The contradiction that is Japan
Updated: 2014-01-04 07:21
By Huang Xiangyang (China Daily)
When I told one of my friends in late November that I would visit Japan for a one-week holiday, he assured me I would love it. "Almost all the people who I know have visited the country enjoyed the trip," he said. He was not wrong.
My wife, who visited Kyoto 13 years ago, liked Japan's ancient capital so much that she always wanted to relive the experience. Actually, if it were not for her insistence, I might not have thought of setting foot on the soil of Japan, even though it is a "close neighbor separated only by a strip of water".
For me, Japan was psychologically too remote a country to visit, although many of its cultural aspects, from written characters to calligraphy and costumes to cuisine, can be traced back to China.
Japan is a country that has left the deepest scar on China's national dignity. In the half century starting from 1895, Japan invaded China, forced it to cede territory, plundered its resources and slaughtered millions of its people. Japan's wartime atrocities, such as the Nanjing Massacre in which at least 300,000 Chinese civilians and unarmed soldiers were butchered by Japanese imperial troops in December 1937 are still fresh in Chinese people's mind.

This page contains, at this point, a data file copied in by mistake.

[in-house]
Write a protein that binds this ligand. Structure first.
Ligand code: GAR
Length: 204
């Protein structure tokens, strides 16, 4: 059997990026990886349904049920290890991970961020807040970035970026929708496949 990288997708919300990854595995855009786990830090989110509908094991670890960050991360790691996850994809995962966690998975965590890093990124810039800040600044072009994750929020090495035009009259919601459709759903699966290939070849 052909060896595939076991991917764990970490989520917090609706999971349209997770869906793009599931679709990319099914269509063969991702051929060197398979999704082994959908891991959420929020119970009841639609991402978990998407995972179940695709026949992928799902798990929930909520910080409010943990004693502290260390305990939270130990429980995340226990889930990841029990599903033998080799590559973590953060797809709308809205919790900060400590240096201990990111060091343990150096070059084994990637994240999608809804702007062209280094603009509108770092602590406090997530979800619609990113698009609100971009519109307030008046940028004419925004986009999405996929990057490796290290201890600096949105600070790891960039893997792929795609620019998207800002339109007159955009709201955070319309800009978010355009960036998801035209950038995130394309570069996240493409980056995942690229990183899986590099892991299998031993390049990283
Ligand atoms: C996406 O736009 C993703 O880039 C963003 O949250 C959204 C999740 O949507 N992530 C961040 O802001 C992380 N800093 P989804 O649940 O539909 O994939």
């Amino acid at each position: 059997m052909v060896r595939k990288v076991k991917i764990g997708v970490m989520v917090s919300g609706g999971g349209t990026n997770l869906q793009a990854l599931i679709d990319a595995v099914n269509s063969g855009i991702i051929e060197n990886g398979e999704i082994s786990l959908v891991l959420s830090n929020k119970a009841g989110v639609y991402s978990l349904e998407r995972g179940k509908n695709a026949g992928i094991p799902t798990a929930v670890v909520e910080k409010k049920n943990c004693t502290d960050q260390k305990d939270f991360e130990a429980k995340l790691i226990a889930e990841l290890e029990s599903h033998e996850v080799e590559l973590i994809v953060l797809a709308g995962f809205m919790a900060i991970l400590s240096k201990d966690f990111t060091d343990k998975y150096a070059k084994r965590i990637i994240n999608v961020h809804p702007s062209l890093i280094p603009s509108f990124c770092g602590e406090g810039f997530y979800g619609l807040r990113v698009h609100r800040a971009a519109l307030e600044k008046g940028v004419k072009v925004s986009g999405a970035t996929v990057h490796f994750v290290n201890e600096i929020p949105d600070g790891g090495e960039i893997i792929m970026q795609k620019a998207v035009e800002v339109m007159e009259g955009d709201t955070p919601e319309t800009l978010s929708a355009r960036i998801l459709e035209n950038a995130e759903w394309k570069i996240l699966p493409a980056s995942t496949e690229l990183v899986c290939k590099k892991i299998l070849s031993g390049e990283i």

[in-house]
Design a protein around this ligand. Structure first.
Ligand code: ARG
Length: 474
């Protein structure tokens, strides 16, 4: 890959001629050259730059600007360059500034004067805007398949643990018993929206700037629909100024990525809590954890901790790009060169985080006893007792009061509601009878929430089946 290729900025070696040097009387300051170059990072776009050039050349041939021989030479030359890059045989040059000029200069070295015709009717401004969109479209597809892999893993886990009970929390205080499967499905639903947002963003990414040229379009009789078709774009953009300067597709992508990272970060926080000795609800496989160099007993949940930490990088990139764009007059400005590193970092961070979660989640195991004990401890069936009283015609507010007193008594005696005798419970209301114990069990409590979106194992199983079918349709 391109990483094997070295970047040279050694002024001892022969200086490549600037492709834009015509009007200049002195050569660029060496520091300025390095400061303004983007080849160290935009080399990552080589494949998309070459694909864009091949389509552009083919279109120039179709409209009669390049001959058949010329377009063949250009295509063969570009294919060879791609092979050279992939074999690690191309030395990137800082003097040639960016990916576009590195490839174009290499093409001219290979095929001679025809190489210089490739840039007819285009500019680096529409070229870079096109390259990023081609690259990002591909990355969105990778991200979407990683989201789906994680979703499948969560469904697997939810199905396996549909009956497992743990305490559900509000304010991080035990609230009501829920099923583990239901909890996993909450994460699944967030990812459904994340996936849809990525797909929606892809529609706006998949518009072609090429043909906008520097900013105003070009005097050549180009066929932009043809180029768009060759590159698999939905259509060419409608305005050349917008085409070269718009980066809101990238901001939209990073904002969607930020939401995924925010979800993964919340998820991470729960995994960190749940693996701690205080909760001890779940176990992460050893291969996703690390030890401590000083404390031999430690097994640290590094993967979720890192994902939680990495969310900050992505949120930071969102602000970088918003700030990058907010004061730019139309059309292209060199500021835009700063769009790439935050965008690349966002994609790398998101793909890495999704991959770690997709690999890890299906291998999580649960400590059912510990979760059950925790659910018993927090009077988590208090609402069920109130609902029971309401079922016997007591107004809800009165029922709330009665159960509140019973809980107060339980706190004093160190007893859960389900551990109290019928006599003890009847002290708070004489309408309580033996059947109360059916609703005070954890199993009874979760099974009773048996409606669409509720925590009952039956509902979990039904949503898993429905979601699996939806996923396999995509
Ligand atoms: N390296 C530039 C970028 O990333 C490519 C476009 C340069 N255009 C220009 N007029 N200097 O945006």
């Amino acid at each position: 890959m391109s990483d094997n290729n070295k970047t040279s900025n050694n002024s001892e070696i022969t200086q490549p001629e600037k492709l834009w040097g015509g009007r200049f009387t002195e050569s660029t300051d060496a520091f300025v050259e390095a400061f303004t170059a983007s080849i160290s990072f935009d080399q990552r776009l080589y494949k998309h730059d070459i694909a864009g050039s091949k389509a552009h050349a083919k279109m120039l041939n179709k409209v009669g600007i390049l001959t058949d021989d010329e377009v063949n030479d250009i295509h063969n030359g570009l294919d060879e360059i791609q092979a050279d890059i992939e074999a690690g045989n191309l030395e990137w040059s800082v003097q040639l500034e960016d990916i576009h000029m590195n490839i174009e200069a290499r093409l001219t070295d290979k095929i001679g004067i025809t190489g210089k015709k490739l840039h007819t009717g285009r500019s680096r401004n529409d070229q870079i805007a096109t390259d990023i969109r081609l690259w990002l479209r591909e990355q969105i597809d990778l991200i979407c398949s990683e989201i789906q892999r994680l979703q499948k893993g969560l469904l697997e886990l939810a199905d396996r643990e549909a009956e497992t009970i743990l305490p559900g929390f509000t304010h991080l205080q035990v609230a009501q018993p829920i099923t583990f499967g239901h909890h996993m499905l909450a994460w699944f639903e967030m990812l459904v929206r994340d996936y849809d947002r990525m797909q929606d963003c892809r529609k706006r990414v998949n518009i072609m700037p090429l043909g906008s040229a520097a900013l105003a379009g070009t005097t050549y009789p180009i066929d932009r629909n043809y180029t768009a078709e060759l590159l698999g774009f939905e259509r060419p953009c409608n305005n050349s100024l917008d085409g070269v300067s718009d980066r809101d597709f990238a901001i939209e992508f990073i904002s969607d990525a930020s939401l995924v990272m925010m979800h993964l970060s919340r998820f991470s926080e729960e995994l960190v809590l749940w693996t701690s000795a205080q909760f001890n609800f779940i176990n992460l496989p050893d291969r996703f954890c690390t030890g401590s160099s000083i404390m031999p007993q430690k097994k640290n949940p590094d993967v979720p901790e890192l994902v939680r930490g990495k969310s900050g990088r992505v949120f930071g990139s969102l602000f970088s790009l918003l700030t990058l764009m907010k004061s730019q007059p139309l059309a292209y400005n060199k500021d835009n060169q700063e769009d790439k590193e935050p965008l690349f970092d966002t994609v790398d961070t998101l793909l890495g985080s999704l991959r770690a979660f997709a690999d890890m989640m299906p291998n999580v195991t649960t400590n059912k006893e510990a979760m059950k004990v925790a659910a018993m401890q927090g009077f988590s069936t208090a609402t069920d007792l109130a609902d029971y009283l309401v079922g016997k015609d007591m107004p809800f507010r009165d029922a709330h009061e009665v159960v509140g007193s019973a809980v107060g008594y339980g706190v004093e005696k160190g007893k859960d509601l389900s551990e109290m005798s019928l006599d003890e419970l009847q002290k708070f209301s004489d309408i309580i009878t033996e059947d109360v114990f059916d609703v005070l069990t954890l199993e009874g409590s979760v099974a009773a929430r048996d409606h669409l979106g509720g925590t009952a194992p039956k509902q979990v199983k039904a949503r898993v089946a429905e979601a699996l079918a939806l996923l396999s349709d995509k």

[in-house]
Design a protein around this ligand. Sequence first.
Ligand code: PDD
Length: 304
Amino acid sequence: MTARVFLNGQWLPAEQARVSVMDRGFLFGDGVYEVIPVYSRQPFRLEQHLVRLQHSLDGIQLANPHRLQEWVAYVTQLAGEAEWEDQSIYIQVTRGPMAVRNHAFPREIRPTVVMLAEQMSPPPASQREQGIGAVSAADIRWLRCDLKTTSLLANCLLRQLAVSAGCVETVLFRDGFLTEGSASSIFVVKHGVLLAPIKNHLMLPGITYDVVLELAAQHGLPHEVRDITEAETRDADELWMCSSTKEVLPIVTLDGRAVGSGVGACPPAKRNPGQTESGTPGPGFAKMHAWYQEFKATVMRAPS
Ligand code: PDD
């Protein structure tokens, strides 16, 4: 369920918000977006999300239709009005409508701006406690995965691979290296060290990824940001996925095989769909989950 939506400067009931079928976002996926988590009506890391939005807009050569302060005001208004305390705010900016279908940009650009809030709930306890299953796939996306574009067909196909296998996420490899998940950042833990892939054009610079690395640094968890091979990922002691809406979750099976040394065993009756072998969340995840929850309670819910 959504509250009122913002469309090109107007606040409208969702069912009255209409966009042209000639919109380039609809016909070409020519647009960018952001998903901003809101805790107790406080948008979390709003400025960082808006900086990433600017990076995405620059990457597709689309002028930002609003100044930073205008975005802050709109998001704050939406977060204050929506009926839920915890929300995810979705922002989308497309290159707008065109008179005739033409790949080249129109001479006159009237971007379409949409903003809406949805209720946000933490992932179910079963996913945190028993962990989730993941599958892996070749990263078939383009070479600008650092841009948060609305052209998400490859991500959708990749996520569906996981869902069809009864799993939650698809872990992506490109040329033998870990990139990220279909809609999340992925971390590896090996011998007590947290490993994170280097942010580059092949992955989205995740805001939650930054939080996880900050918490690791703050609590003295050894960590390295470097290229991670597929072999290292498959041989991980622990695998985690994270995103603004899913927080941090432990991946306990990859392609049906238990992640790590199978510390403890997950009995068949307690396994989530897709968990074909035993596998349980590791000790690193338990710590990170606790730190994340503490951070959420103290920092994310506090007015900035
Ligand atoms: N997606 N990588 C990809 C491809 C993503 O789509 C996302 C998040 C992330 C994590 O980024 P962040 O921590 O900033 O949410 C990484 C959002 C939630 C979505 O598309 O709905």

That explains why anti-Japanese sentiments have always run high in China, amplified whenever Japanese right-wingers try to whitewash wartime history or politicians pay homage to war criminals enshrined in Tokyo's Yasukuni Shrine. The visit to the war shrine by Prime Minister Shinzo Abe last week has once again rubbed salt in the wounds of Japan's wartime victims.
I have to concede, though, that I knew almost nothing about ordinary Japanese people before my recent trip to Japan, perhaps because I had never had a chance to meet one. The word "Japanese" would conjure in my mind only images of Japanese soldiers from my childhood comic books, or war movies and TV series, which still dominate Chinese TV channels and depict them as stiff-jointed, lecherous and bloodthirsty creatures whose only source of pleasure stems from killing, raping and looting innocents.
It is not strange therefore that like many other Chinese, I too harbored a sense of animosity toward Japan and anything related to it. In 2002, when a man threw "liquid excrement" at actress Zhao Wei after she appeared in a fashion magazine wearing a skirt designed similar to the Japanese military flag, I thought it was a "patriotic act" that had gone a little too far. I couldn't have been more wrong.
In August 2012, when mobs went berserk, smashing and torching Japan-made cars on the streets of many Chinese cities because of the escalated territorial dispute between China and Japan, I started questioning the sense of righteousness long employed by many of my compatriots in the outpouring of hatred in the name of patriotism. It was then that I decided not to subject my judgment so easily to emotions.